This is what every rally journalist, reporter, doubter and fan should experience, if possible. It’s one thing to admire the speed and skill of drivers from the outside, but once you climb into that cockpit and strap yourself tight in the racing seat, the perspective shifts from “wow they’re fast” (coming from the spectator by the side of the road) to “what the hell is this speed and why are we capable of negotiating this corner, where’s the physics now, what happened to gravity” (coming from the person in the co-driver seat, after being driven by a talented WRC driver). If you ever get the chance to become a co-driver, don’t think twice. Even if it’s only for a few minutes, and even if it’s not a WRC car. Just the idea of being in the car, unable to move, seeing the driver doing his job of seemingly defying the laws of physics… it will change the way you think about this sport, permanently.
Journalists, reporters and people who are involved in following and presenting rally should be standing in line to hitch a ride in a rally car. Not just because it’s awesome and megafun but also to be able to learn more about the sport and its ways. Sure, sitting next to a rally driver for few kilometers is not same as doing that for three days straight, all while you’re reading the pace notes, minding the time control entries and 10000 other things. But no matter how short or slow your WRC/rally car ride will be, you must do it if you get a chance. You’ll understand why afterwards.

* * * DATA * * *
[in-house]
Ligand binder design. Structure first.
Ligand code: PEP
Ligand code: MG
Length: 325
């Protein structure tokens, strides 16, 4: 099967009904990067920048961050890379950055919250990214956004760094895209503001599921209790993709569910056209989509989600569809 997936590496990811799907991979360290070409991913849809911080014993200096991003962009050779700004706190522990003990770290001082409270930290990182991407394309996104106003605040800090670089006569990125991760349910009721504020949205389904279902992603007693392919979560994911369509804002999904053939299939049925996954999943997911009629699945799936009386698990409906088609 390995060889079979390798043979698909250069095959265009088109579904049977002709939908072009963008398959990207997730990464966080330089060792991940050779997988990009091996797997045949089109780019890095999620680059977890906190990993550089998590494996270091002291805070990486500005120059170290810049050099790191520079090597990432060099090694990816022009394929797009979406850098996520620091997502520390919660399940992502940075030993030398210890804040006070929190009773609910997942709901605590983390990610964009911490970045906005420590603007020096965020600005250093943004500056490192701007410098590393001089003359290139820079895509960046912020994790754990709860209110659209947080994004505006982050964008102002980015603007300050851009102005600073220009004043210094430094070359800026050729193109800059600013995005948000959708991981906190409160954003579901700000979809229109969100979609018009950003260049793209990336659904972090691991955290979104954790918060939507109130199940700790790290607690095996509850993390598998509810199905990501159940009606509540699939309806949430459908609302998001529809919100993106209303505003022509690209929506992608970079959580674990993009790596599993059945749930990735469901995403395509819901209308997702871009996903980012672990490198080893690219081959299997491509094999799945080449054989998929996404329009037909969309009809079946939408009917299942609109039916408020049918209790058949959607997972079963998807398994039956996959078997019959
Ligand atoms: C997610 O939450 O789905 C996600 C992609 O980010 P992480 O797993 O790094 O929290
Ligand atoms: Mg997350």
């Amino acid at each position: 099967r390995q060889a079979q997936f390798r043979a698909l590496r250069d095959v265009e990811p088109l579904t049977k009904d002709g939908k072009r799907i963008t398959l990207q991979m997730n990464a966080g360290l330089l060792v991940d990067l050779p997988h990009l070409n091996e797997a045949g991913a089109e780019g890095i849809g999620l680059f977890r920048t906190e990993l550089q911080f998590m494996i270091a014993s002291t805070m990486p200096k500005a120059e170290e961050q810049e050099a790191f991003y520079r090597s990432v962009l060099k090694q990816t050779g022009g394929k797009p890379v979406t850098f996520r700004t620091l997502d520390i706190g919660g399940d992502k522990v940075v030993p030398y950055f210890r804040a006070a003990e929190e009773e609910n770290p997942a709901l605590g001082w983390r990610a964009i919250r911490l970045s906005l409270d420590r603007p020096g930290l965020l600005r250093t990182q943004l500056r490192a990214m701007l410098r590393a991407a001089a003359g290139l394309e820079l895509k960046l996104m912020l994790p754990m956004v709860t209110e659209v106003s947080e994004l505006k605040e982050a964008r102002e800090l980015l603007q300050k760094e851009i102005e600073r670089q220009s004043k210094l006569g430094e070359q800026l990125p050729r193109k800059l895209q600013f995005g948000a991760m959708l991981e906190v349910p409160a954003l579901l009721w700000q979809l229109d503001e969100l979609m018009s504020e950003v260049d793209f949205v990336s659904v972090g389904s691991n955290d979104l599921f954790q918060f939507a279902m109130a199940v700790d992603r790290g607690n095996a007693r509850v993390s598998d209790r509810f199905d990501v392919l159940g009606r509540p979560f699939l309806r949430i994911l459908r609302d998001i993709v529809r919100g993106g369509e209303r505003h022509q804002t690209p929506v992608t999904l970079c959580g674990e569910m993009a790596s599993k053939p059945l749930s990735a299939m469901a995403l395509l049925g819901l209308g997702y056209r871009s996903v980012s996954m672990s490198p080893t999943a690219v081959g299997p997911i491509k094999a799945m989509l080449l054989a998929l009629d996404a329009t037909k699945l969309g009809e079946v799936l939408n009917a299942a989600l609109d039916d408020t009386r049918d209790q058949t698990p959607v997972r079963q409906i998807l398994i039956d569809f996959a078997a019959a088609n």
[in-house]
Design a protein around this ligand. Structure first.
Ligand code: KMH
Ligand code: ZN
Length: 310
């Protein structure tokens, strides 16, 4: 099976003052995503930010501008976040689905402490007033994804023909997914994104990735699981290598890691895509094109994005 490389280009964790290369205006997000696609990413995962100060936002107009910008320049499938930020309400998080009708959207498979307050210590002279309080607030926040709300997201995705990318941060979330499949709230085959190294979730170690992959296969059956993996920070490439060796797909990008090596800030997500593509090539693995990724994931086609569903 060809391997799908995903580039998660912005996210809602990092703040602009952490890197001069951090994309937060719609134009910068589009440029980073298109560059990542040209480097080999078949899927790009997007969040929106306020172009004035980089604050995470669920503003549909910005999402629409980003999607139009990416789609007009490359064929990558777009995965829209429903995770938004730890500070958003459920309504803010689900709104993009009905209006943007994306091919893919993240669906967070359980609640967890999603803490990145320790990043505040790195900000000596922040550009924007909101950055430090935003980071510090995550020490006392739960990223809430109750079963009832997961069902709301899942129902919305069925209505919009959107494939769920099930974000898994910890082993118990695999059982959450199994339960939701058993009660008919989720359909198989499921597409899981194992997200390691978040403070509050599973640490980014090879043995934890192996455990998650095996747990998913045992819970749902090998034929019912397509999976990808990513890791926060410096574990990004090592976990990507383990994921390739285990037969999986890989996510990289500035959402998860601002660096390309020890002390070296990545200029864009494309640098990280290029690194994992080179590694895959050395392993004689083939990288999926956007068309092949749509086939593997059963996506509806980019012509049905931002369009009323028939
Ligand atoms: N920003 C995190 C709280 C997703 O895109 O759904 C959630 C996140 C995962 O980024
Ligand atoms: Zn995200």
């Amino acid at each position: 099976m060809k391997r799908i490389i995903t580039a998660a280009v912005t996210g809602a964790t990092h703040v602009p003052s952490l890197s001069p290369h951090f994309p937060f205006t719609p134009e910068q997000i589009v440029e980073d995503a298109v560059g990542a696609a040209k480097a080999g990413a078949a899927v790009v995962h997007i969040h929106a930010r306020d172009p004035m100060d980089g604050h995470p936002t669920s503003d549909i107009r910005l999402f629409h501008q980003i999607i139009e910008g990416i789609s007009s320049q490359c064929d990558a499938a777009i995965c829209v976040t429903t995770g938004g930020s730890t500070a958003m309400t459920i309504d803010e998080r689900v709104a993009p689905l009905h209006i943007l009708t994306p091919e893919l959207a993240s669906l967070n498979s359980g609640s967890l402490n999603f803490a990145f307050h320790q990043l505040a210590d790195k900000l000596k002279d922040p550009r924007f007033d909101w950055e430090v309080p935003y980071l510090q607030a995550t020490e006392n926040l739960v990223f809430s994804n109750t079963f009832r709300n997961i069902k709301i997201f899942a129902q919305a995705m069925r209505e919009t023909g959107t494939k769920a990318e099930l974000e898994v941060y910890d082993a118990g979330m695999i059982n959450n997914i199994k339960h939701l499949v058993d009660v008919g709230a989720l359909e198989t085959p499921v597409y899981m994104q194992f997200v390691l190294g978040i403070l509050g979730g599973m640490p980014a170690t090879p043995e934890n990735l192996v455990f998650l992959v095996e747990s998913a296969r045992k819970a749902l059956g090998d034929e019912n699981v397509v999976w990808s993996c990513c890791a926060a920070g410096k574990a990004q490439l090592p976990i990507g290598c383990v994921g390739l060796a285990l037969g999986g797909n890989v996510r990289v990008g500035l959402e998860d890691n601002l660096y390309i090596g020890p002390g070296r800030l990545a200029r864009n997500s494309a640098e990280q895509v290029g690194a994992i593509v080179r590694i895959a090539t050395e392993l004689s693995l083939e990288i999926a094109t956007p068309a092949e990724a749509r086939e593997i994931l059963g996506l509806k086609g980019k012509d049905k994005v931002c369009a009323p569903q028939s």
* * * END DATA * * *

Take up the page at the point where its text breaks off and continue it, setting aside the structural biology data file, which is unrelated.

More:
Becs Williams of the WRC Live radio recently decided to do the inevitable – if you’re reporting from WRC events and talk to all these drivers and co-drivers, sooner or later you will turn into a little kid, yearning for a chance to step into a rally car for some co-driving fun. In Portugal Becs accepted the invitation from Hyundai Motorsport and bravely went for a ride across the famous Fafe Rally Sprint road with Thierry Neuville. Bravo for bravery, Becs, the world does not envy you, not at all. Nope. I mean, I wouldn’t do it even if they payed me. OK, where do I sign up?